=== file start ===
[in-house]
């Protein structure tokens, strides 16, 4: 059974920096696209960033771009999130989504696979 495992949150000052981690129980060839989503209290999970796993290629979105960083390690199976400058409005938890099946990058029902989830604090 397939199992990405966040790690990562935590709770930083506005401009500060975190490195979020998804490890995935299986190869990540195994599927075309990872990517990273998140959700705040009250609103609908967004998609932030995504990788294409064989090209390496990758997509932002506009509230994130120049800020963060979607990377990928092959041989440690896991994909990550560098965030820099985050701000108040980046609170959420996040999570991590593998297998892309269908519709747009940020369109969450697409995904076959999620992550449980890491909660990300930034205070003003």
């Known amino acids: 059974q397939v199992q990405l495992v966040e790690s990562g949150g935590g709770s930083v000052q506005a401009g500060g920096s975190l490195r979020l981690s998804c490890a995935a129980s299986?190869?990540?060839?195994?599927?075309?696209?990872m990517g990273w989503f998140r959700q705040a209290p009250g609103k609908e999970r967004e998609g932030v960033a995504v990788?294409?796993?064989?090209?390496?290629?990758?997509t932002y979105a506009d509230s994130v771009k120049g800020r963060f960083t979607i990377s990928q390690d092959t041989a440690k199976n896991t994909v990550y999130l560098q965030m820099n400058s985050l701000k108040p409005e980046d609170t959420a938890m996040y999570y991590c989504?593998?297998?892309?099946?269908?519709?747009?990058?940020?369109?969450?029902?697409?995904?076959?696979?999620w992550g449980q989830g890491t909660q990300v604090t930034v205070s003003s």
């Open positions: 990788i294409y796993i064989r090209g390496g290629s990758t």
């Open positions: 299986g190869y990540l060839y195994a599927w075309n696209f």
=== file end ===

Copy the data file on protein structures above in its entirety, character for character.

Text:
[in-house]
């Protein structure tokens, strides 16, 4: 059974920096696209960033771009999130989504696979 495992949150000052981690129980060839989503209290999970796993290629979105960083390690199976400058409005938890099946990058029902989830604090 397939199992990405966040790690990562935590709770930083506005401009500060975190490195979020998804490890995935299986190869990540195994599927075309990872990517990273998140959700705040009250609103609908967004998609932030995504990788294409064989090209390496990758997509932002506009509230994130120049800020963060979607990377990928092959041989440690896991994909990550560098965030820099985050701000108040980046609170959420996040999570991590593998297998892309269908519709747009940020369109969450697409995904076959999620992550449980890491909660990300930034205070003003």
């Known amino acids: 059974q397939v199992q990405l495992v966040e790690s990562g949150g935590g709770s930083v000052q506005a401009g500060g920096s975190l490195r979020l981690s998804c490890a995935a129980s299986?190869?990540?060839?195994?599927?075309?696209?990872m990517g990273w989503f998140r959700q705040a209290p009250g609103k609908e999970r967004e998609g932030v960033a995504v990788?294409?796993?064989?090209?390496?290629?990758?997509t932002y979105a506009d509230s994130v771009k120049g800020r963060f960083t979607i990377s990928q390690d092959t041989a440690k199976n896991t994909v990550y999130l560098q965030m820099n400058s985050l701000k108040p409005e980046d609170t959420a938890m996040y999570y991590c989504?593998?297998?892309?099946?269908?519709?747009?990058?940020?369109?969450?029902?697409?995904?076959?696979?999620w992550g449980q989830g890491t909660q990300v604090t930034v205070s003003s």
């Open positions: 990788i294409y796993i064989r090209g390496g290629s990758t």
């Open positions: 299986g190869y990540l060839y195994a599927w075309n696209f």